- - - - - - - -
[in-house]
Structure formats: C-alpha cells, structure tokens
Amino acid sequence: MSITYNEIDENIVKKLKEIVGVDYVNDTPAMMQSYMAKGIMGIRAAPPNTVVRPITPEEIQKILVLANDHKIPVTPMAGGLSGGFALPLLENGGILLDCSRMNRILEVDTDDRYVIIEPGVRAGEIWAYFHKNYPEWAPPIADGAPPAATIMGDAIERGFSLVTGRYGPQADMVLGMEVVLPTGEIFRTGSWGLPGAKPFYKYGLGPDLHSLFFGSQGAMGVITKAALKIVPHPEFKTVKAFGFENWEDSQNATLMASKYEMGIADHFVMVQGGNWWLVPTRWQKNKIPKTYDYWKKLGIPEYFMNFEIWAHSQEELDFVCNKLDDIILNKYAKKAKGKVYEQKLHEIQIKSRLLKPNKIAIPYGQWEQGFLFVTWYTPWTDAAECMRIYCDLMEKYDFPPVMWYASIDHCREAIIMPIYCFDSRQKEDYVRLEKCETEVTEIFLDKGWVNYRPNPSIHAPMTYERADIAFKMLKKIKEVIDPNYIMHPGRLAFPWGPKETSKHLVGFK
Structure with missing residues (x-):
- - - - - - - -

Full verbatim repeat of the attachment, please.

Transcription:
[in-house]
Structure formats: C-alpha cells, structure tokens
Amino acid sequence: MSITYNEIDENIVKKLKEIVGVDYVNDTPAMMQSYMAKGIMGIRAAPPNTVVRPITPEEIQKILVLANDHKIPVTPMAGGLSGGFALPLLENGGILLDCSRMNRILEVDTDDRYVIIEPGVRAGEIWAYFHKNYPEWAPPIADGAPPAATIMGDAIERGFSLVTGRYGPQADMVLGMEVVLPTGEIFRTGSWGLPGAKPFYKYGLGPDLHSLFFGSQGAMGVITKAALKIVPHPEFKTVKAFGFENWEDSQNATLMASKYEMGIADHFVMVQGGNWWLVPTRWQKNKIPKTYDYWKKLGIPEYFMNFEIWAHSQEELDFVCNKLDDIILNKYAKKAKGKVYEQKLHEIQIKSRLLKPNKIAIPYGQWEQGFLFVTWYTPWTDAAECMRIYCDLMEKYDFPPVMWYASIDHCREAIIMPIYCFDSRQKEDYVRLEKCETEVTEIFLDKGWVNYRPNPSIHAPMTYERADIAFKMLKKIKEVIDPNYIMHPGRLAFPWGPKETSKHLVGFK
Structure with missing residues (x-):